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New Braunfels Herald Zeitung Newspaper Archives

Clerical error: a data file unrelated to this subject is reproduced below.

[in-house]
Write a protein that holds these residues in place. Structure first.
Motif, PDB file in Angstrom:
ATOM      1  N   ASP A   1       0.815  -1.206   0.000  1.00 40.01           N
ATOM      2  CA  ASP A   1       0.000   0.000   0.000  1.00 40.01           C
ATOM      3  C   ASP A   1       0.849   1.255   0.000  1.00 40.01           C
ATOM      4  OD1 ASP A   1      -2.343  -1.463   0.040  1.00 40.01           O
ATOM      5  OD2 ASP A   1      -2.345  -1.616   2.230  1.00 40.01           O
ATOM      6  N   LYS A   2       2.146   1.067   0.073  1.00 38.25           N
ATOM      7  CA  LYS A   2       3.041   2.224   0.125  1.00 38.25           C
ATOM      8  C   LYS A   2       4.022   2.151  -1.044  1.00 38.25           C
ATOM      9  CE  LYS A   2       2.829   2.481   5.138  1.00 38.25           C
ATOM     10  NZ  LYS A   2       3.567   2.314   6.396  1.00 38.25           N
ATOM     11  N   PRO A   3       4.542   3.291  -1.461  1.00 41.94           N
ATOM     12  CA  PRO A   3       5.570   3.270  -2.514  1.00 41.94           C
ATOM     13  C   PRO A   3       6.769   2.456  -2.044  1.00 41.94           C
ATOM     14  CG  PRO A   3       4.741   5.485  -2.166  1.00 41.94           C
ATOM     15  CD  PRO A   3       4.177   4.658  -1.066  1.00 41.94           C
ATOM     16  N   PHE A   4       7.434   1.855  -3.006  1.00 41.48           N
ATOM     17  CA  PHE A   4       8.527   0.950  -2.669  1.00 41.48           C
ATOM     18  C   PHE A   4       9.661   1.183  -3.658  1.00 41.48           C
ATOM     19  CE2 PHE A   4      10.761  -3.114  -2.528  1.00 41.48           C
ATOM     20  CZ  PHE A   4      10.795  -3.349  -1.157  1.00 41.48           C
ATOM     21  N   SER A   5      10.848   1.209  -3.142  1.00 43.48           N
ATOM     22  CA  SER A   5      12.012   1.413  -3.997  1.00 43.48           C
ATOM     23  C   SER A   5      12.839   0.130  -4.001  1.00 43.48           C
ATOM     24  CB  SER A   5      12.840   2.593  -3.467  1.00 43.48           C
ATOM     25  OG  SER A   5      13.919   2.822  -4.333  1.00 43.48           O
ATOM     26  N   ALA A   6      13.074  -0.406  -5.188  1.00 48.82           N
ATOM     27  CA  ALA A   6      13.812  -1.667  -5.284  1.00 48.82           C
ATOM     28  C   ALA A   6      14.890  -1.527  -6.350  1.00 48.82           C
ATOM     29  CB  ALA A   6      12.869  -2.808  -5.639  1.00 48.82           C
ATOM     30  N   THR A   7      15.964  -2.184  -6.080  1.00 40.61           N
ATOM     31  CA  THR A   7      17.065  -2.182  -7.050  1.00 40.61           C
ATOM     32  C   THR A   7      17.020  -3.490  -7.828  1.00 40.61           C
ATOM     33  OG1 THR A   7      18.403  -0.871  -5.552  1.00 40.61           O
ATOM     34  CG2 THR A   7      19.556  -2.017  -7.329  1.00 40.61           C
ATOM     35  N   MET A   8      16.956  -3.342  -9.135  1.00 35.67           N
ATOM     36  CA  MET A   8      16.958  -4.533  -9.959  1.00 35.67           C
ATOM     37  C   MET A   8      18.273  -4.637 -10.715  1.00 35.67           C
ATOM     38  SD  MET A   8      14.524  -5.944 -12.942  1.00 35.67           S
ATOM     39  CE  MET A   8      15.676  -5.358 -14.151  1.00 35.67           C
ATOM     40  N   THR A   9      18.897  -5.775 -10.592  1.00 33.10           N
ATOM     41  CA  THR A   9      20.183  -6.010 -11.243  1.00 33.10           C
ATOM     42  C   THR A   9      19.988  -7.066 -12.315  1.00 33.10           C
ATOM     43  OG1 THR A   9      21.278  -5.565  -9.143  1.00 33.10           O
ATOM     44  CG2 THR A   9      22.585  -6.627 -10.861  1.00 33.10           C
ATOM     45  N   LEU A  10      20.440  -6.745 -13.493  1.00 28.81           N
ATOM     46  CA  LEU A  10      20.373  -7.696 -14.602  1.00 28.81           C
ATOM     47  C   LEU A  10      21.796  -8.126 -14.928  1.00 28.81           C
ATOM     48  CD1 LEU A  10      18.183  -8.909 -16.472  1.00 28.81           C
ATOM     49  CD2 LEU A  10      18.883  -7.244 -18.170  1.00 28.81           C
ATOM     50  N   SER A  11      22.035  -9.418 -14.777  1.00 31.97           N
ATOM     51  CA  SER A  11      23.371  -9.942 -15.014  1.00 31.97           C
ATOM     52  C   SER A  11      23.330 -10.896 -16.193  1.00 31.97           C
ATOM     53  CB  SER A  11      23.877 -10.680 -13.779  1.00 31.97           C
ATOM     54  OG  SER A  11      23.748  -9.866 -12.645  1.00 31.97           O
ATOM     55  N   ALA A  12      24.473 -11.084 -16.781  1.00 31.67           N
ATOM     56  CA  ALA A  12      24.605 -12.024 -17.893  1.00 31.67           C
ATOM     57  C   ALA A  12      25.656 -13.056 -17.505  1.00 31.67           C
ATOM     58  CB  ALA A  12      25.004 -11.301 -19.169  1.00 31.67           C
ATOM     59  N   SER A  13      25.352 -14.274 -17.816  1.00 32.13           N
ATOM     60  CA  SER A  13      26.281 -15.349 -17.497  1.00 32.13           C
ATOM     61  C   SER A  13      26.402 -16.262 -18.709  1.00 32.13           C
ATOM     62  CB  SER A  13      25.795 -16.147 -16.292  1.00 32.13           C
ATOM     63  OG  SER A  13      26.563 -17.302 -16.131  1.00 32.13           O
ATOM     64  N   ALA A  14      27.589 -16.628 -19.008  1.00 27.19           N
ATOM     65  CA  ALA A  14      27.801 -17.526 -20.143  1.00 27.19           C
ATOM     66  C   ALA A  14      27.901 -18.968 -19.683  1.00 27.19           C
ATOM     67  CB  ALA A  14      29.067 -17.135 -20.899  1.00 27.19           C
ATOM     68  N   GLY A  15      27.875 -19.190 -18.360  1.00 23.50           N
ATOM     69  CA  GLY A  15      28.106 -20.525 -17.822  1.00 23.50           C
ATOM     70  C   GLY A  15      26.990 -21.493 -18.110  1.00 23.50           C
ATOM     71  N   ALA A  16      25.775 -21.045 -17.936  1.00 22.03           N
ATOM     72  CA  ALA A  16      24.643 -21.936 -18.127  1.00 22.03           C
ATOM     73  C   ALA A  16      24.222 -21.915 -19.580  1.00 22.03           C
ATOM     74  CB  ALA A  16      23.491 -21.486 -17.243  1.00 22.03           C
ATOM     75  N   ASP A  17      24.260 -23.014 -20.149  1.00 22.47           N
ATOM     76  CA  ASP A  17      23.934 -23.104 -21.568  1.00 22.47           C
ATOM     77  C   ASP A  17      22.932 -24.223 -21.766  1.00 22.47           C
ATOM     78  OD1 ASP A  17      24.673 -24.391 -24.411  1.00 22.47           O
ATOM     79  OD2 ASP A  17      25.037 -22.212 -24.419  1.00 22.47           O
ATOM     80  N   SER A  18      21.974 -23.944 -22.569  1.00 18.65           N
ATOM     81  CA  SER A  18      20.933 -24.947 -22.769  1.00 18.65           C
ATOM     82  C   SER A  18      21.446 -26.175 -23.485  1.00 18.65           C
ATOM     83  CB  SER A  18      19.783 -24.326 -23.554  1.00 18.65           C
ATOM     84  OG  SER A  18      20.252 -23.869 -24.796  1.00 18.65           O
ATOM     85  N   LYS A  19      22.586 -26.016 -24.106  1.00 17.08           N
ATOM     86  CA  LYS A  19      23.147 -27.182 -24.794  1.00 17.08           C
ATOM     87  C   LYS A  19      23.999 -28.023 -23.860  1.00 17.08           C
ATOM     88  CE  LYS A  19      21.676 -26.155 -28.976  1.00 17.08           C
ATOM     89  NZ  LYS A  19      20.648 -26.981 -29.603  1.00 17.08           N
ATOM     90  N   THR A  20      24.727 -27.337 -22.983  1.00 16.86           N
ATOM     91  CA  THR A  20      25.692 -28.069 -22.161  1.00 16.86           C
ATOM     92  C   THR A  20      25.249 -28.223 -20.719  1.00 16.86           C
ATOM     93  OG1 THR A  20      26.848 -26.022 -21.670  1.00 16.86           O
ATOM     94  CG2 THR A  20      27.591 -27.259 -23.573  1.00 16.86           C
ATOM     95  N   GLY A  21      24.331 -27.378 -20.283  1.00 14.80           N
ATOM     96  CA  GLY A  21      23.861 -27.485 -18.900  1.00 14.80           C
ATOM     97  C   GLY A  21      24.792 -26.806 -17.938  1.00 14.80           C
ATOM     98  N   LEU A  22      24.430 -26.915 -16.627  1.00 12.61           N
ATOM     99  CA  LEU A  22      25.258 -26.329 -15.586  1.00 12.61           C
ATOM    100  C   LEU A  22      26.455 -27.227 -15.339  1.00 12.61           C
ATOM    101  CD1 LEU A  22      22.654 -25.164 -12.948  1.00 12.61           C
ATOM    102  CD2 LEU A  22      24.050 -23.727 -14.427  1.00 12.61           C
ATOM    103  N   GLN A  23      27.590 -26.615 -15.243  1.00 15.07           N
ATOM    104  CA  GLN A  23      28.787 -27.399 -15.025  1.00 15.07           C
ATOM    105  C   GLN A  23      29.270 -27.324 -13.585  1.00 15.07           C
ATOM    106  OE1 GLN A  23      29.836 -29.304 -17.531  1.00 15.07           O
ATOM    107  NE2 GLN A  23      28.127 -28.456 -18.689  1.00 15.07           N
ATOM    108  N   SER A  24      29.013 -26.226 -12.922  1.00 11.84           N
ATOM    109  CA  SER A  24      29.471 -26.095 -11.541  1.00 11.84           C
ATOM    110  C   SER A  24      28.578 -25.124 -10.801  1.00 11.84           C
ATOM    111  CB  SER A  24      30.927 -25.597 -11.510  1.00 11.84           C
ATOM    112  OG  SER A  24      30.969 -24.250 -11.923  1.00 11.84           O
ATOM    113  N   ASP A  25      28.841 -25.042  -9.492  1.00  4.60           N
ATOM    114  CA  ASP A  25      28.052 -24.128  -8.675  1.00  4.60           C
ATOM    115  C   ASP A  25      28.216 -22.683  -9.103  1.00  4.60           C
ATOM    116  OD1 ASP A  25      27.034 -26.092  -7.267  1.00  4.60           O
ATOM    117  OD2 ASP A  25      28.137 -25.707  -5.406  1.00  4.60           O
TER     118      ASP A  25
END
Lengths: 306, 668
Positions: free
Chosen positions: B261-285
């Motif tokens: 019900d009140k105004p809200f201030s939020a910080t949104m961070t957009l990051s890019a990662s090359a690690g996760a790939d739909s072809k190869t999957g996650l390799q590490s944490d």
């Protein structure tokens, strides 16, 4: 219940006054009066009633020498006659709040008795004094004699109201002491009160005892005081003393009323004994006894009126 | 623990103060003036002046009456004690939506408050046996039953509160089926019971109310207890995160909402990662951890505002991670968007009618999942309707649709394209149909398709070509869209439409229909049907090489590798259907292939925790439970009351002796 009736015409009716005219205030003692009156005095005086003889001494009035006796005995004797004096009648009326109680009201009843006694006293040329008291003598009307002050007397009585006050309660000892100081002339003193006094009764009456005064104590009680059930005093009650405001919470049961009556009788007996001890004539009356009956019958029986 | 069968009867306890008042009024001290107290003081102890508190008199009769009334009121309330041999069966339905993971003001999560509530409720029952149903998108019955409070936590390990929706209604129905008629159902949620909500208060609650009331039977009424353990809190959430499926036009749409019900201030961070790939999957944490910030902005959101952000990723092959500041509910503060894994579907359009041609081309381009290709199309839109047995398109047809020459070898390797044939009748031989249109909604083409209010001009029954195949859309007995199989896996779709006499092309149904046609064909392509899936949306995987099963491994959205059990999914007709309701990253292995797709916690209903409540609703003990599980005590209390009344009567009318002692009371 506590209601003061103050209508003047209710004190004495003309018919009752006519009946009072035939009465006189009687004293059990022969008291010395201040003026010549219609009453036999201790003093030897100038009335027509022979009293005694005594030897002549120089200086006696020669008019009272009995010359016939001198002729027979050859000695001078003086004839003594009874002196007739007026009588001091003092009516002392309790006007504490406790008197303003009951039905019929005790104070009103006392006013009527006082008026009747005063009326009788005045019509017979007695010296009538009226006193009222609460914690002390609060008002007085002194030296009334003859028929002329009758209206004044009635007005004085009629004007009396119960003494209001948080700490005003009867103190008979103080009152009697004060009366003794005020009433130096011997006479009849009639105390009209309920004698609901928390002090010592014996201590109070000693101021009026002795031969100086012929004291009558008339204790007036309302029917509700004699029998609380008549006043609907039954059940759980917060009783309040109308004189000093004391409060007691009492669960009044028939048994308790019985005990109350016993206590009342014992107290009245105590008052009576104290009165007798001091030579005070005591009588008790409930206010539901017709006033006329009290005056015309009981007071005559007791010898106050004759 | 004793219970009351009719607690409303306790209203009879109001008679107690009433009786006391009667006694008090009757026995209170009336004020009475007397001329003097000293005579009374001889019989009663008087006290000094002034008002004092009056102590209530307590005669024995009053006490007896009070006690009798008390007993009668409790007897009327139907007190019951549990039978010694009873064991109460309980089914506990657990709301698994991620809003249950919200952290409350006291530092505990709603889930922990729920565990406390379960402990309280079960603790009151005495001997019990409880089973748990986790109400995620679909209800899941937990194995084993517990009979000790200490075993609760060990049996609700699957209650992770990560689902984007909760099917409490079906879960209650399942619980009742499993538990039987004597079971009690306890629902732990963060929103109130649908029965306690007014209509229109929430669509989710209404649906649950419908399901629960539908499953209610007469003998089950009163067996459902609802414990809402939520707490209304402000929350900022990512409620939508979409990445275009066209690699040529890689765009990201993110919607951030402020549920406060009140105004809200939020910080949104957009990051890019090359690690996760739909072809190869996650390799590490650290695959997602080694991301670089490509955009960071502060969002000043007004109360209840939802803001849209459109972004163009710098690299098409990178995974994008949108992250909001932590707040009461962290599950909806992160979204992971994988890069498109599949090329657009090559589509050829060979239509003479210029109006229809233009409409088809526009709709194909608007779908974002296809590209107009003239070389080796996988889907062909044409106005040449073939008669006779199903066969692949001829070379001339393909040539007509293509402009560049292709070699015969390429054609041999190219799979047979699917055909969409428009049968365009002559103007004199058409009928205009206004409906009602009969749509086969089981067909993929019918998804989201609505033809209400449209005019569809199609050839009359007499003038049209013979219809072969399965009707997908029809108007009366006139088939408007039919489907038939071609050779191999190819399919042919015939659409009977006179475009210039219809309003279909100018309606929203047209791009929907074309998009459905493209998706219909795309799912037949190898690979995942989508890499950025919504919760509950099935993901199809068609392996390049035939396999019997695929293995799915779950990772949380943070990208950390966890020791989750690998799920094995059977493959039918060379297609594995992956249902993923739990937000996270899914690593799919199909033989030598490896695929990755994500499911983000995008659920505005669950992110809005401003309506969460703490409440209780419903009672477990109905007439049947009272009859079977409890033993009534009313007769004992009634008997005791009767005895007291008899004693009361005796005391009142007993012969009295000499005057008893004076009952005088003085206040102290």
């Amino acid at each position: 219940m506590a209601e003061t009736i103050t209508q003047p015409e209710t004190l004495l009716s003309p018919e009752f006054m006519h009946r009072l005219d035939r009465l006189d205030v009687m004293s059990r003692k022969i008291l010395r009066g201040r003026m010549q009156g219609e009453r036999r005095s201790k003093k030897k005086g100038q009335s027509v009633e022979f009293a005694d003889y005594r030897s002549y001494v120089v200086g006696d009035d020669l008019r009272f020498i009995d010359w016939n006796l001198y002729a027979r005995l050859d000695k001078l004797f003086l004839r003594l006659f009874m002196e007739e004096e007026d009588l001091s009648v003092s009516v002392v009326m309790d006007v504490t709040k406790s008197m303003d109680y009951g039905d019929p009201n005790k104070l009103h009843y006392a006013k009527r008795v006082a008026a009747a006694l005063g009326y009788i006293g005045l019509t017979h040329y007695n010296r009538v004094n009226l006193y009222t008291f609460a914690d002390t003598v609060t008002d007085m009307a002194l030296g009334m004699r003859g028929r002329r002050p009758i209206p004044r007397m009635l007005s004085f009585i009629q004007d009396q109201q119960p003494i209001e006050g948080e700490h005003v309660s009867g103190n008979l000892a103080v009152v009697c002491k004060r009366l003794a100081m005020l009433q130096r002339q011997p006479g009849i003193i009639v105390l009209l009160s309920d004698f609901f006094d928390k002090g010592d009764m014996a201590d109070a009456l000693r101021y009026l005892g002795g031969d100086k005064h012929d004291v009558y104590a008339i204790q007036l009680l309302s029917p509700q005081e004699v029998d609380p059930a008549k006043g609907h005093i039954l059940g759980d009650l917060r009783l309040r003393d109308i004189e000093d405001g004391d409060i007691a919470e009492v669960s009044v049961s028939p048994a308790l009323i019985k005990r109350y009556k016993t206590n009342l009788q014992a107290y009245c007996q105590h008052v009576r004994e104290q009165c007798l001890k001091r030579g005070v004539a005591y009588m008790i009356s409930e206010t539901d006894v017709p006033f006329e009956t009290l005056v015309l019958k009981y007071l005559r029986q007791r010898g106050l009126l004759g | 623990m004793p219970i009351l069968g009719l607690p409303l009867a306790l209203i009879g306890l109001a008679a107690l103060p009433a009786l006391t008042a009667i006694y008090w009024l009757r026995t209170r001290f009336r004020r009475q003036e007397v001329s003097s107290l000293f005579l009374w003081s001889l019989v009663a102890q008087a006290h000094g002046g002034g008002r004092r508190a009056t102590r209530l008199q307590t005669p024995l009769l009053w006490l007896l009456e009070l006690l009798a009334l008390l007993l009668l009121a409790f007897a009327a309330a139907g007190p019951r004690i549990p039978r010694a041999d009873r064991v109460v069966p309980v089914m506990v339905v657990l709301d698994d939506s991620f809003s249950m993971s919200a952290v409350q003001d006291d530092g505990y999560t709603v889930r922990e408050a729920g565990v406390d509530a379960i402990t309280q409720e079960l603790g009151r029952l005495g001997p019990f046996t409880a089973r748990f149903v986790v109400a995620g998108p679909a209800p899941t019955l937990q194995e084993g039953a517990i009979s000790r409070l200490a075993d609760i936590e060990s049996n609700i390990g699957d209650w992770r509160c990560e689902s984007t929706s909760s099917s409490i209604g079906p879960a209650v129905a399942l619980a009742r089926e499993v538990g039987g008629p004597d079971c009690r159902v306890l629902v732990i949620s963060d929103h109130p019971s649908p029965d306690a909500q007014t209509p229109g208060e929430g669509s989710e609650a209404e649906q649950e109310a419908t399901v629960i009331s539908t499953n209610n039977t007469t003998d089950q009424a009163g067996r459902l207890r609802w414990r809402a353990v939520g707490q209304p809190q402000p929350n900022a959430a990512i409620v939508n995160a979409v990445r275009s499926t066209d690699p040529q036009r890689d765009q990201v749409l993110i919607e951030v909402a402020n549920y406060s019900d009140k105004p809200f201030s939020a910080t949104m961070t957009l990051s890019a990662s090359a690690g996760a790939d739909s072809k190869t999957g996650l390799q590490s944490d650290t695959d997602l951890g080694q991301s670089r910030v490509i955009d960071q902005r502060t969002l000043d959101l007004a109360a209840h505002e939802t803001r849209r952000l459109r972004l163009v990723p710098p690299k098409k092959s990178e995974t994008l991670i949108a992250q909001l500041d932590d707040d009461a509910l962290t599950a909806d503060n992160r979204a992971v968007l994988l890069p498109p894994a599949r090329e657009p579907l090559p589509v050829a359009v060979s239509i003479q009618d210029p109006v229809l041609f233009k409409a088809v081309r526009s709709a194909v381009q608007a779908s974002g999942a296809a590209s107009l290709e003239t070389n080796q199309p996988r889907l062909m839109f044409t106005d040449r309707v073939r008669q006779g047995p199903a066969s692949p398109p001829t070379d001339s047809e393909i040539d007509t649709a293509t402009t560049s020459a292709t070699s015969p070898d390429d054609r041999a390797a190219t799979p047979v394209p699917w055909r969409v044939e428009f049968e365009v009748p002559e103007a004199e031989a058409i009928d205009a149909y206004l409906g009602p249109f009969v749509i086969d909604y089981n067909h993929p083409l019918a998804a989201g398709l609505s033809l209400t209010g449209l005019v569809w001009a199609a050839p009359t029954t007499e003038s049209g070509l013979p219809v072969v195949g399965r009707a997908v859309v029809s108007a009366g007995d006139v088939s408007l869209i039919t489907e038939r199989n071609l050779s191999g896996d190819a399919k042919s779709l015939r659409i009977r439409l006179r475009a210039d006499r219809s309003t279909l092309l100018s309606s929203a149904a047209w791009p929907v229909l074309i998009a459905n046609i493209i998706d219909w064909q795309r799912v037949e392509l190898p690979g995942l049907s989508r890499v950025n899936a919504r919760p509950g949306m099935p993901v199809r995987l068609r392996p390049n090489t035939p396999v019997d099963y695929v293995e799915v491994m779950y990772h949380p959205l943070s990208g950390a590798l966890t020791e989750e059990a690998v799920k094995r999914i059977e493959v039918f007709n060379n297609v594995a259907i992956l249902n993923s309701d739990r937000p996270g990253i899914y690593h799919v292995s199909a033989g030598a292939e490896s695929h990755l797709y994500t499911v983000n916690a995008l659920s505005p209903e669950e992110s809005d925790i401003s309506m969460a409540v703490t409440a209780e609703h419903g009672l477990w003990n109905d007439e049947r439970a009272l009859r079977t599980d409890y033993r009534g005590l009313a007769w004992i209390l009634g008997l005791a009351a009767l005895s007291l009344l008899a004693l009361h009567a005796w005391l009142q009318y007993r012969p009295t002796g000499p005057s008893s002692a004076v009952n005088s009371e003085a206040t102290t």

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New Braunfels Herald Zeitung (Newspaper) - August 18, 2009, New Braunfels, Texas TUMDAY^AUOUriLMOi SPORTS raady The H«rald-Z«itung'a 2010 football praview will hit stands Aug. 28. VOLUNTEER LITIIIACY Volunteers needed for RSVP yydk^ program in schools.Zeitung Seiying ^ Braunfels and Comal County since 1852. Vol. 154, No. 241 14 pages, 1 section 80« Beeiii oboi* PAITLT ajQUDY High Low 98 7B Details .....8 DEAR ABBY 10 OAS^neos ii COMICS 9 OIO^VM^ S FORUM 4 OSfTUAflfES S SPORTS 6-7 TV GRIDS 10 G)ach DaUman celebrated pookide ByChrteCobb The Herald-Zeitung Bud Dallman hadnt rniewed his subscription. So even thou^ it had been advertised in the newspaper, the party still managed to be surprise. More than 100 current and former students gathered poolside Monday at the Landa Psut Aquatic Cent^ to th^ a party in honor of one the state's pre-eminent swimming coaches. And although Dallman may have been caught off guard, after helping raise local athletes for half a century, the outpouring of respect and admiration for him didn't surprise anyone else. "It's a gi^ ovation to someone who's coached this many years and had such devotion for the children," said Gene Watson, whose daughter and now granddaughter have been coached by Dallmaa Monday celebrated two more milestones for a man who's athletic and coaching career is littered with them— hjaaPrti yir of coaclitog aftd his 90th MRMtaqf. Httit^, it was at tlM Bud Dallman Olyn^PooL "I dcMi't know anyone who is more dedicated to not (miy swimming, but being a positive influence in die kids' lives, said friend and fellow Landa Park Dolphins coach, Kathy Coulehan. "He doesn't care if they all win all gold medals as much as he wants them to be good people That what's makes him so special." Dallman led the Dolphins for 47 of his 50 years of coaching swimming. He still knows all of the students' names, their best times and what they could improve upon. Monday, he was smiling by the pool recdving gifts and giving secret handshakes to some of the dozens of young Dolphins still under his tutelage. "For the past 47 years here, I've been See ComIi, Page 14NEW BRAUN FELS VS. SEGUIN Thwon Brittain/Herald-Zeitung New Braunféis Mayor Bruce Beyer and Seguin Mayor Betty Ann Matthies hold up the Guadalupe River Bowl plague, celebrating a rivalry that dates back to the 1920s.A friendly wdzer ByTNofon Btftti^i The Herald-Zeltung As New Braunfels and Seguin prepare for a new chapter in the oldest high-school football rivalry in the state of Texas, their ma^rs met Wednesday to kidc the season off with a Uttie wager. The stakes are simple: New Braun£^ sausage for a Unicom loss and Seguin pecans for a Matador loss. Before they could make the traditional biet on who would win this year's Guadahipe River Bowl, Seguin Mayor Betty Ann Matthies present^ New Braunfels Mayor Bruce Boyer his "trophy" of Se^iin pecans, earned Guadalupe Rhrer Bowrfl: Mtowr Braunfels vs. eeguln MMiSfi! 7:30 p.m. Aug. 28 Where: New Braunfels High School stadium last year when the Unicorns won a resounding 51-6 victory over the Matadors. It was the first time either team had scored over 50 points in the 94-game history of the bowl. "And because I felt he really deserved it, I made him a cake with a whole lot of pecans in it," Matthies said. Boyer got a chance to bring out the ofticial Bowl plaque, which has been in New Braunfels' possession since the Uni corns won it back two years ago after a three-year losing stre^ No matter how friendly the wager, Matthies was ready with a prediction for this year's game. "I'm very optimistic that this year will be a good year and I'm very hopeful the Matadors will prevail," she said. Mayor Boyer answered, "We're in a rebuilding period and it will be a challenge for New Braunfels, but we're optimistic, too," he said. "It's easy to be gracious when you're on the winning side," he added playfully. The schools have played each other every season since the 1920s. The Unicorns have a 55-36-3 record against the Matadors. Firefighters save 2 from drowning By Ttieron Brittafai The Herald-Zeitung TWo New Braunfels men owe their lives to the qvdsk actions of otiwrs. On Wednesday evening, at Hinman Island Paik on the Qnnal River, Danny SaUiias aiKt Roy Camacfao of Cotpus QurM were eeiaxfaig after he^^ their friend, Cyntliia Laia, move back to New Braunfels. Around 6 p.m., Lara's 9-year-old niece, H^ Garza, ran up fi»m her play spot mar theiiviNbaiik. "There are two men drowning in the rhner," she said. After a moment of shock, Salinas and Camacha both with experience as firefl^lhten, Jui^ied into action and rui to the livenk^ "We saw these two guys si^ashing at least 30 yanto out in the rhwi;''81^ Sidtaia, 28. erf Cmm ChristL "lliey wereoMoudy droivn- sitf biccune imperiled as tN laim man ^iiBctfv^ trfed to din^ cm top Of Mm. By Roy Camacho and Danny Salinas te time Camacho and SaUnas arrived, both men, «lAiose identity am not known, had succumbed lo die cunent Along with Lara's coiufai, Gieg Gaiza, and another woman wtose klent^ to not known, the men dove into the riv»'stiU clothed m rescue the cfaowning paii; See DpowMilRt, Pai^ 14Electric rates rise Local electric bills will be a littie more costiy this month. New Braunfels Utilities announced Monday that it raised basic costs for electric usage by one-fifth of a penny, translating into an increase of about $2 for the average resident, according to NBU Communications Manager Gretchen Reuw-er. She sakl the move is in response to the financial gap between the high cost the utility pays to buy v4iolesale power versus the price it sells electricity to its customers. "Although the price disparity began earlier in the year, we held off making the needed change until we got through the majority of the summer months and could minimize the impact for our customers," she said. The total rate wül increase from $.08758 to $.08958 per kilowatt hour, beginning this month. While it is a jump in cost, NBU's rate remains lower than many of its counterparts in the area. Pedernales Electric Cooperative, which provides etectridty to most county residents outside New Braunfels, currentiy charges $.10276 per kWh. Based on figures provkled by NBU, the utility dÉo chaiges the average 1,000 kWh-per-month customer less each than the dty of Seguin, the C^tnd Texas Cooperative and Guadalupe Valley Electric Cooperative.Counci tightens city belts By Chris Cobb The Herald-Zeitung After coasting on the financial gains from booming growth in recent years, the New Braunfels (]ity (>()uncil is tapping on the brakes. City staff^ unveiled a scaled-back 2(K)9-10 city budget on Monday during the first of three workshops this week to hammer out next year's financiaJ plan. It was about $2 million less than the current budget — down to $141 million. The budget draft cuts numerous seasonal positions and doesn't give raises to any city employees. After posting an estimated $1.7 million shortfall in revenue this year, City Manager Mike Morrison said it was a sign of the recession hitting home. "The reality is that in the current economic climate, San Antonio and central Texas is about the best place to be," said City Manager Mike Morrison. "We're not feeling it to the degree that the rest of the country is feeling it. Hopefully, we come out of it sooner." No drastic measures — yet At least for this year, councilmembers do not plan an increase in the city tax rate. For the third consecutive year, the rate is proposed to stay at $.409862 per every $100 in assessed property value. But with drops in both property tax and sales tax revenue and the city struggling to pay for debt service on numerous capital improvement projects, city staff said taxes must go up, starting in 2011 unless there is a significant economic turnaround. "I think (staff) has done a great job at maintaining the tax rate, because it is very difficult," said Mayor Bruce Boyer. "But how do we plan for the future? We're going to have to figure out we're going to pay for some of the debt service for the debt we've issued — mostly for capital improvements that we've sorely needed for so long." The altemative to higher taxes would be to cut back on city services. As part of next year's budget, the city will have already eliminated 18 positions. That includes eight seasonal lifeguards, four cashiers and four rangers in the parks and recreation department, as well as one trash collector and clerical position in the police department. City officials said any more chopping down of the city's work force could ultimately hurt the taxpayers who are losing valuable city services, like fire, police and sanitation. "I would hate to take any steps back," Boyer said. "We've grown so much and so quickly, but we've also tried to catch up so quickly. "As a consequence, having one down year like we may be facing is something we have to keep in mind as we move forward, and not just count on the idea that we're always going to grow, even though that's what our projections are." Some council wondered if putting off a potential tax hike now woiild just be delaying the inevitable. "I don't want to raise taxes, but sometimes you gotta do what you gotta do," said Councilman Steven Digges. "It's up to us to trim as much fat as we can and keep that from happening." Budget hearings will continue at 3 p.m. today and Wednesday. The final budget and tax rate are not expected to be approved until Sept. 14. mim^im^ Have your subscription paid diitctly fixun your credit card, checking or savings account CALL 83(M25-9144 HERALD-ZEITUNG (te CcNME BY 707 LABOH ST. ;